Train Sim World 2: Rush Hour Deluxe Edition
I Like Trains (It's A Reference, I Personally Don't Care For Them)
The Train Sim World series, from where Train Sim World 2 is deviated from, was a series I couldn't find much info on prior to recording. While the writing is on the wall in terms of the game being a train simulator, the series's history is rather interesting. The first game was released in 2018 on PC and consoles, with a sequel releasing in 2020. Rush Hour was released as a "season pass" expansion for TSW 2 which added three new lines based on Boston, Dresden, and the London Commuter.
Apparently, the season pass was taken off stores sometime in November, now being a part of a bundle known as Train Sim World 2: Rush Hour. The "Deluxe Edition" would include three more routes including the American Sand Patch Grade, the London Bakerloo line, and the Koln-Achen line. With almost ten lines, adding the base game + Rush Hour + Deluxe Edition lines, in total, it may appear like the biggest bang for the player's buck. Unfortunately, the impact of the "bang" is all dependent on the player's love of trains and their patience. Players who don't fall under either category may be in a world of pain.
As If The MTA Wasn't Enough...
The player is greeted with three starting routes if they have access to the Deluxe Edition, each route focusing on a different aspect of train culture. The Bakerloo line focuses on commuter public transportation while the Sand Patch Grade focuses on freight trains. I began with the latter because " 'Murica " but I wish I had stuck with the route. As I would soon discover, this route would be the easiest to manage. All I needed to learn was how to pull the lever to accelerate.
This sounds braindead when things work as intended, but when things don't work out, it becomes an issue. This happens the moment I switch gears to Bakerloo as the internals of a commuter train is far different than a freight train. Before I get to the issue that forced me into a "soft lock" situation for a half-hour, I want to discuss the tutorial and how it's similar across the routes. No matter which route the player chooses, it's all the same. Players will get used to how the camera works, how walking works, and how tasks such as fixing snow pillars and putting up posters are what's expected on foot. Once the player gets into the director's chair is where things get different.
Is This What The Inside Of An MTA Car Is Like?
The interior of the London train was vastly different from the American train as it featured directional controls and a multipurpose brake/accel lever. This lever controls the speed of the train as well as its braking, ensuring that the train is kept within the speed limit. There was just one issue. I couldn't for the life of me figure out how to operate the train. Imagine being an MTA conductor and not knowing how to start the train after it stalls. I certainly understand it now after being in the hot seat, but as a passenger, I would be pissed if this were to happen to me in London.
After 30 minutes of pushing every lever and flipping every switch, I gave up and tried another mission. While the original mission was a tutorial level, the second mission was a continuation of the tutorial. One oversight that the original tutorial failed to mention was a switch that is located behind the driver's seat. This "switch" is a control panel that allows the train to distribute power, which causes the train to move. This was not mentioned at all up until this point, so it turns out that this one oversight was what caused me to, well, not move. I wish the game was as passionate in teaching me how to run a train as it is in educating me of its history.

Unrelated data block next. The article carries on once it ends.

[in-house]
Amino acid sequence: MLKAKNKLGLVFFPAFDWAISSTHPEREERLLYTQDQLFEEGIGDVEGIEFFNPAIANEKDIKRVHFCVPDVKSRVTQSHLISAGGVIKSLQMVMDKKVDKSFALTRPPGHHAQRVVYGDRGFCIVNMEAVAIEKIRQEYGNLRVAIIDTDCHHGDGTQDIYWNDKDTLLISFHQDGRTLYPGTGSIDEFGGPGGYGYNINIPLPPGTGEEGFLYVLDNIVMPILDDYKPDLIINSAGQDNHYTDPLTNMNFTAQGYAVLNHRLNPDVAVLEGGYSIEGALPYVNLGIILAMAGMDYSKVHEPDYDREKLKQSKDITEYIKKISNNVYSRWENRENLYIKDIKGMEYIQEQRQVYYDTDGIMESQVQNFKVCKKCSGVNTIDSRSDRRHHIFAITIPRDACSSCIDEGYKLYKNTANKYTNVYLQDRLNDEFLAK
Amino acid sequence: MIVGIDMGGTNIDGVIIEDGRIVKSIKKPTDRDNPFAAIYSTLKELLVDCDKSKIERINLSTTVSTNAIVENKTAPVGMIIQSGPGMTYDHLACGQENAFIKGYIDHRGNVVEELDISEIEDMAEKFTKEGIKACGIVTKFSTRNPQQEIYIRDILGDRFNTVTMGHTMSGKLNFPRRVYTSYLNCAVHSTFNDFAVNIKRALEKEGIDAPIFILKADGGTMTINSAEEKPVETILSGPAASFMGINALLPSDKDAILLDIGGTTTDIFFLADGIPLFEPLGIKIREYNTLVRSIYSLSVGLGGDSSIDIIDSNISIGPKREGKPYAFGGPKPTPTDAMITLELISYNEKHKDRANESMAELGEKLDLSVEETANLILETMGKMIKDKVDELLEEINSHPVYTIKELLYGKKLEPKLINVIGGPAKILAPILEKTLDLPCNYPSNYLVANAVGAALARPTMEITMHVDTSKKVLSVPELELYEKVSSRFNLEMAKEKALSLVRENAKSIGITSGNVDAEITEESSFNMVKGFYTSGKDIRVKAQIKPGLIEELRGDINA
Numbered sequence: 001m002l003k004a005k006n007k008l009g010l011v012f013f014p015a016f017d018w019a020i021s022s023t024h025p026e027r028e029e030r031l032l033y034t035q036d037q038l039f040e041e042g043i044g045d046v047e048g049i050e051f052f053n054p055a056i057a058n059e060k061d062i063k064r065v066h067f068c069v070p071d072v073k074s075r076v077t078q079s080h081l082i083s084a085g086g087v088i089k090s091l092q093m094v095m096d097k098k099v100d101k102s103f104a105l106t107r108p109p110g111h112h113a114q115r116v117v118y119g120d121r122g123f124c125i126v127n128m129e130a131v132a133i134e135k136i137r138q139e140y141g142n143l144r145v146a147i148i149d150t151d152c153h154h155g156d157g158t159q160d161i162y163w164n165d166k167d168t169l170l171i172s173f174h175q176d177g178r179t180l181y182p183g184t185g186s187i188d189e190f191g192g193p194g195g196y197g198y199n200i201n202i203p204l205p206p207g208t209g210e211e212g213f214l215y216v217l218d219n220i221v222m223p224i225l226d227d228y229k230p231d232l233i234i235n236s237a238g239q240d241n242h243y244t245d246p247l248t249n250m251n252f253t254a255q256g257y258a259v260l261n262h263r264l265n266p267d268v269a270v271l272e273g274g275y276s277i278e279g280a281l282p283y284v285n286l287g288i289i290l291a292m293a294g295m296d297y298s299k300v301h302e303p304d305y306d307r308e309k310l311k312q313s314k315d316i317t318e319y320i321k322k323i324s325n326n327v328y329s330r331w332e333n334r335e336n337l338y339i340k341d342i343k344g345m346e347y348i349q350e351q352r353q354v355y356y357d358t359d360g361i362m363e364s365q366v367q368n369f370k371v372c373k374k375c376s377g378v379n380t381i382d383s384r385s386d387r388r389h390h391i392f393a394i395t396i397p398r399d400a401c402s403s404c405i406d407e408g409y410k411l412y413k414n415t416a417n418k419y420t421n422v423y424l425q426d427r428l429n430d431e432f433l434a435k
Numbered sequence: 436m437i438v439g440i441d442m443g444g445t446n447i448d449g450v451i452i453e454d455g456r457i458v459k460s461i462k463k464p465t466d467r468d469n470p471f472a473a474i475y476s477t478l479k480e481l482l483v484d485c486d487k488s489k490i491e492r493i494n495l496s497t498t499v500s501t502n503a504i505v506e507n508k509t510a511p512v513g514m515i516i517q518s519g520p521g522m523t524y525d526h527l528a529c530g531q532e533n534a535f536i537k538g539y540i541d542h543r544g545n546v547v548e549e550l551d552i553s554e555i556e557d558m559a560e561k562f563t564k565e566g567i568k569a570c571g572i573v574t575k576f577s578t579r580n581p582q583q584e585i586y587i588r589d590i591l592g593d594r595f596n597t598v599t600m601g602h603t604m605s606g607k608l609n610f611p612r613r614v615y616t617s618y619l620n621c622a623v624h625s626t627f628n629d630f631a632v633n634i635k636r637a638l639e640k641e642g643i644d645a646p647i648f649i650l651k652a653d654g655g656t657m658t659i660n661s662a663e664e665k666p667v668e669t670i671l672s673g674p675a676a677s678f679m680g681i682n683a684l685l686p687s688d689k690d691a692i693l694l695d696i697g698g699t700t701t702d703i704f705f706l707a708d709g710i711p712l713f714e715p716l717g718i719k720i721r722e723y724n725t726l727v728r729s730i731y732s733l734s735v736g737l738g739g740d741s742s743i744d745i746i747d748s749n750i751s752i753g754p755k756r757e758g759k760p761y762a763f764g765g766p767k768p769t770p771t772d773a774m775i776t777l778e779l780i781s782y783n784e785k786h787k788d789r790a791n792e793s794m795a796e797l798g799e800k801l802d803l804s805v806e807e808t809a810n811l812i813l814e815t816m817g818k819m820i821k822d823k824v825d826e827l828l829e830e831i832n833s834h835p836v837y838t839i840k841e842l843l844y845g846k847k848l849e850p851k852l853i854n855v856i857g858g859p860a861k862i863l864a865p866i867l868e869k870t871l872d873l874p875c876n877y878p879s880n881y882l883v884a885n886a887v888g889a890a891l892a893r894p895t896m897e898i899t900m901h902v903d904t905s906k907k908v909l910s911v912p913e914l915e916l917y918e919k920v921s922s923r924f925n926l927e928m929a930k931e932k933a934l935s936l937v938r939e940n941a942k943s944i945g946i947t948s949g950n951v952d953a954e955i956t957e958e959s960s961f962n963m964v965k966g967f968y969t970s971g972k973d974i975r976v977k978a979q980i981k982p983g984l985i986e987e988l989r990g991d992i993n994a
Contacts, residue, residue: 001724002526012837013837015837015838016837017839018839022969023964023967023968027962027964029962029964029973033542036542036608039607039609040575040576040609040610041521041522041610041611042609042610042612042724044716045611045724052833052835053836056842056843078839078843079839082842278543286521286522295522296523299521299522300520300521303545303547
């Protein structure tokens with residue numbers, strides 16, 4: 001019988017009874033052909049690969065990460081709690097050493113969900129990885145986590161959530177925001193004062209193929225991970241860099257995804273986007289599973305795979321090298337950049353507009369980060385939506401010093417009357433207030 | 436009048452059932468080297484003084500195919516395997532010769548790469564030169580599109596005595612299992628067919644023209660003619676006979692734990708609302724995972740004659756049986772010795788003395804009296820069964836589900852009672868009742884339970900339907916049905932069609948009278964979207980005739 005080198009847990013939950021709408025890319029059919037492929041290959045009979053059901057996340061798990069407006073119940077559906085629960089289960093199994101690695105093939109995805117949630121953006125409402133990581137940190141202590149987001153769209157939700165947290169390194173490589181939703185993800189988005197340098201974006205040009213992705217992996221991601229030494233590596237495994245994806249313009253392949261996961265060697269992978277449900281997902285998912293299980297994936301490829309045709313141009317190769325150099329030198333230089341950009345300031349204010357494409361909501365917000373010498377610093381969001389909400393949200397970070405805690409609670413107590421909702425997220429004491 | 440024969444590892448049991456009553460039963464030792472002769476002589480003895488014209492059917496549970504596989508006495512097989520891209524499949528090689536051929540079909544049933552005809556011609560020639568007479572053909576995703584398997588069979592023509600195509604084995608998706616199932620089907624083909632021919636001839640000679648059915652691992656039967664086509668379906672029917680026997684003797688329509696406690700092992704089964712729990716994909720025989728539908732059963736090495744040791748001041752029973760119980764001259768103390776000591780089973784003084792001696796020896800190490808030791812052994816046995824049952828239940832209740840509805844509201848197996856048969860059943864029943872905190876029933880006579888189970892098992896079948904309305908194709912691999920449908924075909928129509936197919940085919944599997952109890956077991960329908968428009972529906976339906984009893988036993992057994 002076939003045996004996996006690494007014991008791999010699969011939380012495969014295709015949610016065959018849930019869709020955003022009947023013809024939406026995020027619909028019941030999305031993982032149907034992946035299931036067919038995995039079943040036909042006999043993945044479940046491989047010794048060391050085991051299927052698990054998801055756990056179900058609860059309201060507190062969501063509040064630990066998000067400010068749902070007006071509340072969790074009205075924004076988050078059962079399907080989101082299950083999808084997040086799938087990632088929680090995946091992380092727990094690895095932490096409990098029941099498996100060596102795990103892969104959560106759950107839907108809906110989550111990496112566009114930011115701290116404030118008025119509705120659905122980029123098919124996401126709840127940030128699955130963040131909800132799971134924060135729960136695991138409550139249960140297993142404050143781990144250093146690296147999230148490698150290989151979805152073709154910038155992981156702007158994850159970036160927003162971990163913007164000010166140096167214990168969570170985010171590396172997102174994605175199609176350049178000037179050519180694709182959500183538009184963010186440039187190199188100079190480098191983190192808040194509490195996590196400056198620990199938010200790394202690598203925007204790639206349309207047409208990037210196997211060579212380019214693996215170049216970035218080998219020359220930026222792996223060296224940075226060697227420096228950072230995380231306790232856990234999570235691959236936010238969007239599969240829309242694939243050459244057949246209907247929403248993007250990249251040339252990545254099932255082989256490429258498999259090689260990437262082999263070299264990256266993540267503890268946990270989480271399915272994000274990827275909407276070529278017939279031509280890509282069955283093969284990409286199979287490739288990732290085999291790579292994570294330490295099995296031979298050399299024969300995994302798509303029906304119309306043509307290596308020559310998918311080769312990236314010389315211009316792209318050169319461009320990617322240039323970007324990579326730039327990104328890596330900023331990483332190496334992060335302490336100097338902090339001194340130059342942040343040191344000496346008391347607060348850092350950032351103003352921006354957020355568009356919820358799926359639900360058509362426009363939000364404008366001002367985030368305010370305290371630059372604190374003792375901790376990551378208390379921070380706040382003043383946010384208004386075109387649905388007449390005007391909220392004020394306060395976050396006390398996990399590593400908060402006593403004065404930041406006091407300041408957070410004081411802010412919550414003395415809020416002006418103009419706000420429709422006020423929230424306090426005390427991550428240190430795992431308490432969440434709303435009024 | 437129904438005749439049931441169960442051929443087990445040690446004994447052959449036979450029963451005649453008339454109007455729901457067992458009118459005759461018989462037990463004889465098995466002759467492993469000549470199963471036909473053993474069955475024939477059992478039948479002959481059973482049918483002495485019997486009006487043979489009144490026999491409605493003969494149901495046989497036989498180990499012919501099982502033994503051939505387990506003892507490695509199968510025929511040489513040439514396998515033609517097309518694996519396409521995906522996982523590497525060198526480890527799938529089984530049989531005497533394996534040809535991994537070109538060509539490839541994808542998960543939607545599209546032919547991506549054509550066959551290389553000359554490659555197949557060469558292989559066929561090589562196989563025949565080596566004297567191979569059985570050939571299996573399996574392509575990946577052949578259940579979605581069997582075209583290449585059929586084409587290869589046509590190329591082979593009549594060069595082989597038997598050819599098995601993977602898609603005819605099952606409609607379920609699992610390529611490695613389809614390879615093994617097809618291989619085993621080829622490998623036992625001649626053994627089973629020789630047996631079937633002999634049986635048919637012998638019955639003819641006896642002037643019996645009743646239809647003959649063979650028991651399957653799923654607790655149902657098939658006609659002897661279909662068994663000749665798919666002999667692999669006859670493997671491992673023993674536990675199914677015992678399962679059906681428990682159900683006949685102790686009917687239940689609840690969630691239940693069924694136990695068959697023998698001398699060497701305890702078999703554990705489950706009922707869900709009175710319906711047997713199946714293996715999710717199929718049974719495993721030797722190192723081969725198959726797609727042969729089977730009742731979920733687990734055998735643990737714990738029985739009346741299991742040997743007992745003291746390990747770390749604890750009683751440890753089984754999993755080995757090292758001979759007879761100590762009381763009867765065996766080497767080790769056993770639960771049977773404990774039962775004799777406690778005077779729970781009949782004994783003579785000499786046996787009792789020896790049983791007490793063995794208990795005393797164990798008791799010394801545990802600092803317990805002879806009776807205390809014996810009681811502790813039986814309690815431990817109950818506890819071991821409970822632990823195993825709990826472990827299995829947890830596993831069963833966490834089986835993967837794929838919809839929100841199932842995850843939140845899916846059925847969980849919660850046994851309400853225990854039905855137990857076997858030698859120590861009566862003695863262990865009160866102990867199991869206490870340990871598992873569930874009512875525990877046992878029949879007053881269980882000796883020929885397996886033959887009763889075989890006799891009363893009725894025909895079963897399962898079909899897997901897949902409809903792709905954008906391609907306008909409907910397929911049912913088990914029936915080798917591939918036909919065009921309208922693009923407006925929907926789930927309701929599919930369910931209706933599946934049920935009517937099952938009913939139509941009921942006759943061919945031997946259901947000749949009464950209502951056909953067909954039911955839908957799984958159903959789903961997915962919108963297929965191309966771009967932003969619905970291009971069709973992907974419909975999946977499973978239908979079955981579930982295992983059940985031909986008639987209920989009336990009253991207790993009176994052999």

Train Sim 2 Is More Sim And Less 'Game'
If I were to define this title with the absolute bare minimum I was able to play due to that experience, I'd say it falls under the "sim over game" category. For the players who are train aficionados, this will be right up their alley. The Rush Hour expansion along with the bonus Deluxe Edition content adds up to potentially hours of game time. An example of a "sim" that's equal parts gaming fun would be Jurassic World Evolution 2.
The graphics are ok, the player models look horrible but the scenery and the trains look great, which is okay since they are the primary focus I guess. The main problem with Train Sim World is accessing the game for those who don't know their way around the train. If the tutorials did a better job in explaining things, it wouldn't be terrible. But since each train behaves and operates differently from the other, some minor alterations to the script would be helpful no?
Nope. It's the same exact script across all three routes, telling the conductor that they are expected to perform out-of-train duties as well as driving the train. The narrator goes through sitting in the train, accessing the levers, and providing a brief history of the train and its route as it leaves the station. Since each narration is identical to each others, when quips such as getting stuck in Bakerloo happen, it relies on the player fumbling with controls that aren't mentioned.
It's an "exploring" game but it's the type of exploration that the game doesn't encourage. Many of the things in Train Sim World 2 the player will have to find on their own to even progress past the opening tutorial and that is unnecessary frustration. Maybe, hopefully, I can recommend this game once I find time to see its worth under the hood, but I fear I may return to this game with a goofy experience than the one I had in this first take. Perfect for fans of trains, a notable skip for everyone else. It is on Game Pass for the sickenly curious, however.
Train Sim World 2 Rush Hour Deluxe Edition is available on the PlayStation 5 and Xbox Series X/S